Haskell has a strong tradition of blending a research and pragmatic language. GHC, the flagship Haskell compiler, continues to explore cutting edge language research. The flexible type system encourages people to explore new ideas in libraries. At the same time, production software is written and run around the world in Haskell.
FP Complete falls squarely on the pragmatic side of this spectrum. We're here to make production-grade commercial software, and help others do the same. Our philosophy is based in that world. Our overall goal is to reap the huge benefits of Haskell while minimizing risks.
As a company, when we analyze how to approach a project and which tools to use, we want to maximize benefits (efficient runtime, productivity, etc) while reducing costs (learning curve, project risks, etc). Some general recommendations for this include:
- Respect the novelty budget
- Make sure you understand the business requirements, not just technical requirements
- Follow the 80% rule: use things that deliver 80% of the value, and don't try to optimize for that last 20%.
In 2018, Michael Snoyman, Vice President of Engineering at FP Complete, wrote up a document called the "Boring Haskell Manifesto," which captures a lot of these ideas.
Haskell is in many ways a revolutionary language. Many languages in widespread use today are incremental changes on previous languages. However, Haskell doesn't fit this model. Concepts like referential transparency, purely functional programming, laziness, and immutability are a stark departure from common programming approaches today.
Most any Haskeller would argue that these radical changes are well justified, and deliver great benefit. At the same time, this inherent culture of making revolutionary changes attracts a certain mindset to the language. As a result, we end up in a situation where Haskell has essentially two distinct (and overlapping) subcultures:
- Explore interesting and revolutionary concepts in computer science, software engineering, and mathematics
- Make better software
Again, these are overlapping subcultures. The entire history of Haskell is cases of esoteric, academic, intellectual, and "useless" concepts becoming an elegant solution to challenging problems. Monads are probably the most prominent example of this, and we're seeing a reality where many other languages are slowly adopting the concept to solve problems in concurrency and error handling.
On the other hand, not every new concept turns into one of these fundamental and useful techniques. And even for those that do: finding the most practical way to leverage the technique is an arduous, time-consuming process.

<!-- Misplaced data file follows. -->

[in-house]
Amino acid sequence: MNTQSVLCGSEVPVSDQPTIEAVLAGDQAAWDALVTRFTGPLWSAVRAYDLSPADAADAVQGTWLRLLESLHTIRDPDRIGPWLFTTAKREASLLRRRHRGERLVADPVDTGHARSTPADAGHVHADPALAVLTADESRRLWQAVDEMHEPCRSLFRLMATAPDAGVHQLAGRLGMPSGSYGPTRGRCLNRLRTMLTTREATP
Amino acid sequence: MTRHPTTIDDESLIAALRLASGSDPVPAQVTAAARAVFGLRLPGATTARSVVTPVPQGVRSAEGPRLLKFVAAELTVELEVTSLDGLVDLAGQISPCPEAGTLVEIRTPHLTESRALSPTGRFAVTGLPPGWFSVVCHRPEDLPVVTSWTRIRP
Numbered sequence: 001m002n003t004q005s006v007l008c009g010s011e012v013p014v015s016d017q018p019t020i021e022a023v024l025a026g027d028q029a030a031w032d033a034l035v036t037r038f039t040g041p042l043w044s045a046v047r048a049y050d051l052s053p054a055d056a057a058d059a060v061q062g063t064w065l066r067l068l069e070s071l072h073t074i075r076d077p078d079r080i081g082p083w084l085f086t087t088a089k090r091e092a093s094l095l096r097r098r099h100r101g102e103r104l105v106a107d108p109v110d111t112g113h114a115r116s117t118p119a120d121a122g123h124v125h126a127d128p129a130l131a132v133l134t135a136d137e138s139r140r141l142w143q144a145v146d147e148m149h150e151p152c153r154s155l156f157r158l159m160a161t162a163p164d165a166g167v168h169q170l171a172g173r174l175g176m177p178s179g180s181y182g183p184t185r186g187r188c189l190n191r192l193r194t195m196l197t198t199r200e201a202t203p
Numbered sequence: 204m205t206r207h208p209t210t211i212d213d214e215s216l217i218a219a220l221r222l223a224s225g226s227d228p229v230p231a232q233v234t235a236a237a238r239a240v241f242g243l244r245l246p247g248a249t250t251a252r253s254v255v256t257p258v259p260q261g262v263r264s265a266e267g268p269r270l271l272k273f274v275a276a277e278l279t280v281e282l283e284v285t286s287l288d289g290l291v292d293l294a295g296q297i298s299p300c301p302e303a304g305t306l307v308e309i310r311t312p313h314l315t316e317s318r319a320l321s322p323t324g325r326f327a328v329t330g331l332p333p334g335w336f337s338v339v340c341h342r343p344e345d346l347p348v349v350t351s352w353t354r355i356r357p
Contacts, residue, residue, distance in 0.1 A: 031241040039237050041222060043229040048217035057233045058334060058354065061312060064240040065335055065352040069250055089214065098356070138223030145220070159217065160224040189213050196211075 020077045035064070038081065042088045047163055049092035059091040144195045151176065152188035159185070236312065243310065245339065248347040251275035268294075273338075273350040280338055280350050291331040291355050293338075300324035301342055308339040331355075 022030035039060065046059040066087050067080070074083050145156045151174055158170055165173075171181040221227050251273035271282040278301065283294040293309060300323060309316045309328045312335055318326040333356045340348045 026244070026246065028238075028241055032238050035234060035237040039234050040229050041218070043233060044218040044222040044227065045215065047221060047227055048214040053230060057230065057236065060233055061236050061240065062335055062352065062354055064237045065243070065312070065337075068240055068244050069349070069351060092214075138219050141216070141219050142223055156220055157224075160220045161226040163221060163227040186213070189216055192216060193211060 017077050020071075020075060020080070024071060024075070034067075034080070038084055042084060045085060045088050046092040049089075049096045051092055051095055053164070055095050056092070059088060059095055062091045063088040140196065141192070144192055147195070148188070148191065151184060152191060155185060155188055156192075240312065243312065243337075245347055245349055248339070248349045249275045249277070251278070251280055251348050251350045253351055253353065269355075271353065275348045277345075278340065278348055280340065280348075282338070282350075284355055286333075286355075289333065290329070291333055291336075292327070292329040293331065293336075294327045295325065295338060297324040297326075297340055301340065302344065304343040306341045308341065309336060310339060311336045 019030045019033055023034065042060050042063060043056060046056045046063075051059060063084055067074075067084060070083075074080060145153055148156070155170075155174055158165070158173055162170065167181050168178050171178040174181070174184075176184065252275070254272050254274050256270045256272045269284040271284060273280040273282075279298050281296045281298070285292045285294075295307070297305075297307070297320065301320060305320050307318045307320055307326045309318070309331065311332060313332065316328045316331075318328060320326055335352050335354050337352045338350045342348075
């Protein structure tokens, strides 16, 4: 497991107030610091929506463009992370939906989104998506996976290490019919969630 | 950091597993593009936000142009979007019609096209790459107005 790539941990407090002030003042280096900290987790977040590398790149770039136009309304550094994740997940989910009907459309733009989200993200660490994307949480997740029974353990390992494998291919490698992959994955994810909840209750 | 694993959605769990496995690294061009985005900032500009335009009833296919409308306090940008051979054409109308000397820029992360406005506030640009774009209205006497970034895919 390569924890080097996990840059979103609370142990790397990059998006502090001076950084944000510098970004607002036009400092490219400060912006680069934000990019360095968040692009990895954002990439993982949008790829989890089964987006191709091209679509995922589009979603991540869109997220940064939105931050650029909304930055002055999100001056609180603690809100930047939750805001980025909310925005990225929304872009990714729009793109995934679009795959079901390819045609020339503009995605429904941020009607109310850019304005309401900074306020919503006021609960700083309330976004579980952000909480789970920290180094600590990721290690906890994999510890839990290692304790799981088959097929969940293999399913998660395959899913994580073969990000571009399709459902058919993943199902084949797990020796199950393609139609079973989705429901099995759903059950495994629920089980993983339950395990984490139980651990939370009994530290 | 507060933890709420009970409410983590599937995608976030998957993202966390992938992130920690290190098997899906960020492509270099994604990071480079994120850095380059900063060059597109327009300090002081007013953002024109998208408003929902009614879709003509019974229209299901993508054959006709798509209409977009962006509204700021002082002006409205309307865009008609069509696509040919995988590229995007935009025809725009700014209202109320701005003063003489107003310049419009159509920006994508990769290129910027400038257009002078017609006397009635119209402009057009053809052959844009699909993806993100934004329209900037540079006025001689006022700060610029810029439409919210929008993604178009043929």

Exploring these concepts can be fun, rewarding, and—long term—a huge benefit for productivity. Short and medium term, however, this exploration can lead to slower and less reliable results. As a company or project manager assessing Haskell for a project, this uncertainty can thwart the possibility of adopting Haskell.
We're now faced with a situation where Haskell is often eliminated for usage, representing a massive loss for two parties:
Companies, projects, and managers could have realized great benefits in productivity, reliability, and performance from the less revolutionary pieces of Haskell. Instead, they're losing this competitive advantage.
Engineers who would much prefer working in Haskell—even its less revolutionary subset—are unable to do so because of employer fears of choosing it.
We'd like to improve the situation.
The Boring Haskell Manifesto
Our claim is simple: for many cases of software engineering, a simple, well-defined subset of Haskell's language and ecosystem will deliver large value for a project, while introducing little to no risk compared to alternative options. We call this subset, somewhat tongue-in-cheek, "boring Haskell." Our goal is to:
- Define such a subset
- Provide straightforward documentation, tutorials, cookbooks, and libraries that encourage this subset
- Continue to evolve the subset to optimize its best practices
- Help interested engineers to learn how to use boring Haskell, and get it adopted in their companies
The most concrete step in this direction is creating the rio library, which is intended to capture these principles. If you want to embrace Boring Haskell today, we recommend using that library. The rest of this document discusses what we believe counts as "Boring Haskell," and motivates these choices.
We want to analyze the features of Haskell that we recommend based on its power-to-weight ratio, also known as a cost-benefit analysis. Put more directly: we want to choose features which provide lots of benefits while minimizing costs. Let's give some examples of these two sides:
- More maintainable code
- Less bugs in production
- Higher performance
- Higher productivity
- Learning curve
- Ongoing cognitive overhead
- Ongoing tweaking
- Slower compile time
- Poor performance
A concrete example of something with a great power to weight ratio are sum types. Sum types are a relatively simple concept to explain. Most people can grok the concept almost immediately. Pattern matching feels natural fairly quickly. And sum types solve large classes of problems people regularly encounter in programming tasks.
- Support is available
- We can hire people
- What’s the cost of hiring people full time/what’s the cost of training
- We can do rapid discovery in Haskell, then rewrite in something “less risky”
- Learning Haskell makes your engineers better engineers
- Escape hatch from Haskell if you hit a wall
- FFI to C/Rust
- Feel free to drop down to imperative Haskell